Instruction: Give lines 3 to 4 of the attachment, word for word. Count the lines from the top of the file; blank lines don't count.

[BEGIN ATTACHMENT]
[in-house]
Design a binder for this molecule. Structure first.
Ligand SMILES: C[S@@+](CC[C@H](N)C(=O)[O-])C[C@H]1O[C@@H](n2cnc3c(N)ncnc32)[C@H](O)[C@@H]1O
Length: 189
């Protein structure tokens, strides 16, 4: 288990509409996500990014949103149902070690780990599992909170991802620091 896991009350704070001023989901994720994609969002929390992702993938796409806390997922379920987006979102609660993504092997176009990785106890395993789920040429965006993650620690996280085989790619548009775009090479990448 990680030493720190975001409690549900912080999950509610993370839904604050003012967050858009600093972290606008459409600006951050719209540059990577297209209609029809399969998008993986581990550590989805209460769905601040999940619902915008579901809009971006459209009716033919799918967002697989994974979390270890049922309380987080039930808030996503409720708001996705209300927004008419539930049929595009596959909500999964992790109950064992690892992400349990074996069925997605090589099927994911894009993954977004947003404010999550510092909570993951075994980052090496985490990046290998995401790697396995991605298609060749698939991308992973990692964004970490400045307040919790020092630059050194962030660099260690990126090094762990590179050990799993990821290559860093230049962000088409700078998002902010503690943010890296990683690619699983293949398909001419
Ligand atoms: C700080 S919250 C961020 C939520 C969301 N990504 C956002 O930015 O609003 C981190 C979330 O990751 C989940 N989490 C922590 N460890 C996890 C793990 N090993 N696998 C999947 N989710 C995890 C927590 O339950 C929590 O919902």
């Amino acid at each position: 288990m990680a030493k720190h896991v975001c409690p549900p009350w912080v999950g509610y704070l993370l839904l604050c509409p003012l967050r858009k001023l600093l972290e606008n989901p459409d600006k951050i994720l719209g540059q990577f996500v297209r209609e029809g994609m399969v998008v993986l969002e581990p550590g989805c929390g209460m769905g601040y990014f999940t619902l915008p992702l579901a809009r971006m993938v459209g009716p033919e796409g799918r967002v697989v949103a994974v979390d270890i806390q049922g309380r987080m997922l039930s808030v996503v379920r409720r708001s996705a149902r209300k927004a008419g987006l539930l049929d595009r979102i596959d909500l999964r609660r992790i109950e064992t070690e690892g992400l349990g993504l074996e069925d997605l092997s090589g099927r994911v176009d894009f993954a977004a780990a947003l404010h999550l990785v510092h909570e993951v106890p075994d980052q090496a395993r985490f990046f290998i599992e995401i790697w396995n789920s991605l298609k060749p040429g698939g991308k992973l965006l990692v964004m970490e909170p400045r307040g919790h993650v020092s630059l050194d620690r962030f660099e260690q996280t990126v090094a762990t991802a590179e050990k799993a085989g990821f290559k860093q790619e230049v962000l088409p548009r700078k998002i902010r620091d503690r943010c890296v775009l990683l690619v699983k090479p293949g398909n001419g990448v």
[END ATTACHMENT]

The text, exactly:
Ligand SMILES: C[S@@+](CC[C@H](N)C(=O)[O-])C[C@H]1O[C@@H](n2cnc3c(N)ncnc32)[C@H](O)[C@@H]1O
Length: 189